Tuesday, December 1, 2009

Moving on to Notre Dame and Serena Williams, Following a Short Rehash of Yesterday

As I’ve said before, some mornings it is hard to know where to begin.

The biggest story in sports continues to be ‘Tiger-gate.’ Yesterday, to no one’s surprise, he announced he was pulling out of his own tournament—it is really an exhibition since every player collects a big check—because of the injuries he suffered last Friday morning. What’s interesting about that is that his spin-doctors rushed out with a statement on Friday claiming his injuries were, “minor.” Now, four days later he’s too badly hurt to get on a private plane to, at the very least put in an appearance on behalf of the tournament sponsor who is putting up $5.5 million in prize money alone.

Methinks he’s not ready to let anyone see him public.

Let me pause a moment here to go back to yesterday and some of the comments that were posted here. I’m always very curious to see what readers write, especially because they frequently raise questions or issues I hadn’t thought about. Since I started the blog five months ago very few of those who have posted or sent e-mails have been especially negative or angry. In fact, one of the things that has made me happy is the thoughtfulness and, well, smartness of so many of the posts. It isn’t like reading some other blog posting areas where people scream cyber-profanities at one another and toss anonymous cheap shots around.

Yesterday, a lot of the posts were pretty much the norm: smart people agreeing to perhaps disagree on a complicated topic which very much involves how much privacy a public figure is entitled to have. But there were also some that were angry—angry with me for suggesting that Woods owes the public some kind of an explanation because there are so many un-answered questions about what happened last Friday. I also wrote that it would be best for HIM to give some kind of explanation and I think the fact that he had to pull out of his own tournament is more evidence of that. At the moment he is, for all intents and purposes, a prisoner in his own home.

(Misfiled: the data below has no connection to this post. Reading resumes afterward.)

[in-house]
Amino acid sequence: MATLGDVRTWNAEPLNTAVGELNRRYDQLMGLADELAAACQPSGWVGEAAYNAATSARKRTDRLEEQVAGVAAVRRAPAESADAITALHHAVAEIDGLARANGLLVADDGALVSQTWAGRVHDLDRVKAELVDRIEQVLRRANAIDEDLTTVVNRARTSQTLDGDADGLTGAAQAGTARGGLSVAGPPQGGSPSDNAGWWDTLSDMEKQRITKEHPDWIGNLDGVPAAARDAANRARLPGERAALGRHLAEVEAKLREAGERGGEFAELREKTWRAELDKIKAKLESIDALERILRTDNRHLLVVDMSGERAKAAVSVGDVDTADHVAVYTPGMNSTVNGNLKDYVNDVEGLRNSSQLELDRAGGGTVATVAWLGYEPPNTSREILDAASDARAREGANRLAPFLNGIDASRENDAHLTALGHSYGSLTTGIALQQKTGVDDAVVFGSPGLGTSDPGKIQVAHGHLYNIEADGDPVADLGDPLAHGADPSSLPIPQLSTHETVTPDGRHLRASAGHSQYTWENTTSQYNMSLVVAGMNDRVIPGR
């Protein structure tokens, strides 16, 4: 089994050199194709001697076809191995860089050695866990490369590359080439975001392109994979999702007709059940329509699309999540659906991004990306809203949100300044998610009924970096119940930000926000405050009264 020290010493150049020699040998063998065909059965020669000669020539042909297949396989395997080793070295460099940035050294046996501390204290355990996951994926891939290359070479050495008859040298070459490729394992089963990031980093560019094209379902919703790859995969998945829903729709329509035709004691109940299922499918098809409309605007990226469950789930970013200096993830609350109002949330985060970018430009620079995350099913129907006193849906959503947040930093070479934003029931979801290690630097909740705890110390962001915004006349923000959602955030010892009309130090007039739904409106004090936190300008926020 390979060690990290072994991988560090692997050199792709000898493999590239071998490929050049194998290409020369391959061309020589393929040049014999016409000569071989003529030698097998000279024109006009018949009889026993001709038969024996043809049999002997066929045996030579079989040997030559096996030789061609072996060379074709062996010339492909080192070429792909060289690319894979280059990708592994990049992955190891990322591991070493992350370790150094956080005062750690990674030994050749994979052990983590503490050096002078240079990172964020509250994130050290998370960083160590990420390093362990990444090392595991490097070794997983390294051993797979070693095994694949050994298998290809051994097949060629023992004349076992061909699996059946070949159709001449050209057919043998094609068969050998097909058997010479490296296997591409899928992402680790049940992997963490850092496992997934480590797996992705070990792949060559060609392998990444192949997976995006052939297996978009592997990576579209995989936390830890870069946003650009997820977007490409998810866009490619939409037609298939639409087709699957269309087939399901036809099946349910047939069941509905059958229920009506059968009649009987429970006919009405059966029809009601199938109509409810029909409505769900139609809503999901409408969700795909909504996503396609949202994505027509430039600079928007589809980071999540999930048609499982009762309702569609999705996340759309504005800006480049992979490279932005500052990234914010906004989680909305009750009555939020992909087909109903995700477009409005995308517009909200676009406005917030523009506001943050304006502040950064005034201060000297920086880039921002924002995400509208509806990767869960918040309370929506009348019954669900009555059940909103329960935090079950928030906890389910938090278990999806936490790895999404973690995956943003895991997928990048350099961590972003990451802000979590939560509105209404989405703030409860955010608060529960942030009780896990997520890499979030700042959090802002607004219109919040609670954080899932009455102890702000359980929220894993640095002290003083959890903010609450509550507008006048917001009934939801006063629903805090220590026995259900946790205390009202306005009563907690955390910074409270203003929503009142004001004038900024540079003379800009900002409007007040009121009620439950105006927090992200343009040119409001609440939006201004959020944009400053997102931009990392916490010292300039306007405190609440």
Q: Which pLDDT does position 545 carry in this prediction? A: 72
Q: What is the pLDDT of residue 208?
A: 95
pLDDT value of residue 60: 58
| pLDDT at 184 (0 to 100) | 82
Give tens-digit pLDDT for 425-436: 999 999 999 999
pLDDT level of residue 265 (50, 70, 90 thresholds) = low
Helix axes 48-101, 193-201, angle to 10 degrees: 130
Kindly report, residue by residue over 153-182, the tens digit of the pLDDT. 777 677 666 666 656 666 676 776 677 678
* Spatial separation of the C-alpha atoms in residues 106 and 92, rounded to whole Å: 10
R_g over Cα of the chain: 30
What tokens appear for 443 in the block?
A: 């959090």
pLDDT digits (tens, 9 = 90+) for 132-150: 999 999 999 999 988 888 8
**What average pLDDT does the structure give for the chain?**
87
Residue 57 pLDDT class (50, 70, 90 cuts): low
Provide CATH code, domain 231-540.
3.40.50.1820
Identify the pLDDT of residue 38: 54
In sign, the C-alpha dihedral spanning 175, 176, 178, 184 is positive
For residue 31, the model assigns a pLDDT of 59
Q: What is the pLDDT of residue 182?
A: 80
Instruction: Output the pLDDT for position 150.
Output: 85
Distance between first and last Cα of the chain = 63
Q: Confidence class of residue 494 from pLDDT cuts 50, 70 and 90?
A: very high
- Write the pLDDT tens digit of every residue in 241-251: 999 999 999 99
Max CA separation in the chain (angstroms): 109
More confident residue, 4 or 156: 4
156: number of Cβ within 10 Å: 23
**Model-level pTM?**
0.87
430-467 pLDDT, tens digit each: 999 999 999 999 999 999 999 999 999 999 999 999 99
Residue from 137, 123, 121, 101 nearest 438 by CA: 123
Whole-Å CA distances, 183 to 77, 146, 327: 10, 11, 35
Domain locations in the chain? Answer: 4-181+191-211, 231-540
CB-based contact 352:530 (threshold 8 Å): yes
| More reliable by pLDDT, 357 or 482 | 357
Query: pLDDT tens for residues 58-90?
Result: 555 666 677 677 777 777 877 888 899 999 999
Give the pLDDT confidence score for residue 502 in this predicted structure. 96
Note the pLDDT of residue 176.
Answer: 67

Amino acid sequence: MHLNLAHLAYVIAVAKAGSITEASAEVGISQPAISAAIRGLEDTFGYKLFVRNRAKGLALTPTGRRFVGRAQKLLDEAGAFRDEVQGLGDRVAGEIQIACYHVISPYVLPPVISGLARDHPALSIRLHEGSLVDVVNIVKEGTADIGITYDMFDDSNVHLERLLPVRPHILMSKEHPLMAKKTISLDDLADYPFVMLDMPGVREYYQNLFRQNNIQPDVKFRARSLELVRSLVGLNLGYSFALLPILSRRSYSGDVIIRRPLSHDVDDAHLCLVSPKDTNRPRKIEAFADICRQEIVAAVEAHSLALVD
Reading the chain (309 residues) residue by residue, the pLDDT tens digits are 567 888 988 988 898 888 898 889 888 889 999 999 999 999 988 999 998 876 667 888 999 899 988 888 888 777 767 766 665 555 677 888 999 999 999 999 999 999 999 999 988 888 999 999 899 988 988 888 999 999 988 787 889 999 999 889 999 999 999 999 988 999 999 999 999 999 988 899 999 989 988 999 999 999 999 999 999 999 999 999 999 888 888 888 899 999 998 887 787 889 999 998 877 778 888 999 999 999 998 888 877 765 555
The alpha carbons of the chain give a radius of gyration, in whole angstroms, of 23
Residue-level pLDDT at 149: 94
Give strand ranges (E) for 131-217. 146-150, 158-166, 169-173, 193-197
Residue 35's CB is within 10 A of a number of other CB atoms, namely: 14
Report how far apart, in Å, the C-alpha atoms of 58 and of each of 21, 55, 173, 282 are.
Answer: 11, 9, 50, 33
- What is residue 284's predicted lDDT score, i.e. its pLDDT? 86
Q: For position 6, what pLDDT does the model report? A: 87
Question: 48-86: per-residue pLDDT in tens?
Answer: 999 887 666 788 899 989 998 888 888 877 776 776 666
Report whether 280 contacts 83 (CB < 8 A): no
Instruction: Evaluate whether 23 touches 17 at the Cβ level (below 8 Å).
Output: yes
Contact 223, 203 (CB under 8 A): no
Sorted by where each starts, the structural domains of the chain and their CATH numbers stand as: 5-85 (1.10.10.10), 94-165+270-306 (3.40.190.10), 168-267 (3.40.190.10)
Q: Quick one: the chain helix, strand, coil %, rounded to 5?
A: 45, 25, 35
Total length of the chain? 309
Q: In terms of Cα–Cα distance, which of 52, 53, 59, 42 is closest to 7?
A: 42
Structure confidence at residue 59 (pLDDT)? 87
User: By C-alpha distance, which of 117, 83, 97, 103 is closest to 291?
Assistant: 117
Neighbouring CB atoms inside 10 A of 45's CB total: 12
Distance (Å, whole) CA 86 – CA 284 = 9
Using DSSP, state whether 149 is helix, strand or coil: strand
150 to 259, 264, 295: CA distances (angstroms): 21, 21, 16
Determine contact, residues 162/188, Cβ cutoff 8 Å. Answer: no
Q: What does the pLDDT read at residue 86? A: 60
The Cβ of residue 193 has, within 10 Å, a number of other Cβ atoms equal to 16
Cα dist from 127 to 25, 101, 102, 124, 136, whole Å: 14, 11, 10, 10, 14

What I realized reading the posts is something I hadn’t thought about in the past. I’ve always known that fans of a TEAM don’t care at all about the off-field behavior of their stars as long as they perform. Right now fans of the Yankees could care less about Alex Rodriguez’s steroids admissions last spring. All they know is he (finally) performed in postseason and the Yankees won The World Series. Fans of college football and basketball teams could care less about whether their players graduate: they want them to perform, win games, make them feel good. If you graduate, that’s fine, but it doesn’t matter. No coach—repeat NO coach—has ever been fired because he had a low graduation rate.

Woods is such a transcendent figure that many fans look at him as THEIR golfer. As a number of posts said, “as long as he entertains me with spectacular golf, I don’t care what he does off the course.” (At least one poster spelled it coarse, but that’s okay). A couple of others went the kind of tired route that those of us who report on athletes transgressions are essentially ambulance chasers and we should leave the guy alone, mind our own business, yata-yata-yata. My suggestion to them is that they not waste their time with this blog because what I write here for the most part is about people I know and have known in sports, the good and the bad. If you are looking for happy talk, go to TigerWoods.com.

Here’s the larger point: In the end most fans just want athletes to perform, to make them feel happy by winning and, in Tiger’s case, often winning spectacularly. I get all that, I have a better understanding of that today than I did yesterday because I hadn’t thought of it in those terms for an athlete in an individual sport.

I will say this: Golf Channel had a crisis-management expert on the air yesterday, a guy who clearly has no vested interest in this at all. He basically said what I had said: the longer Tiger stonewalls, the worse it gets for him—because there are LOTS of people who see a carefully cultivated image and wonder now if it’s real. That’s not going away regardless of what I say, write or think. I would add one more thing for those of you who care only about what Tiger does on the golf course: He’s not ON the golf course entertaining you this week. It may be because he’s more beat up than his people let on last Friday or it may be because he’s hiding out. Either way, it’s really too damn bad for everyone—including Tiger.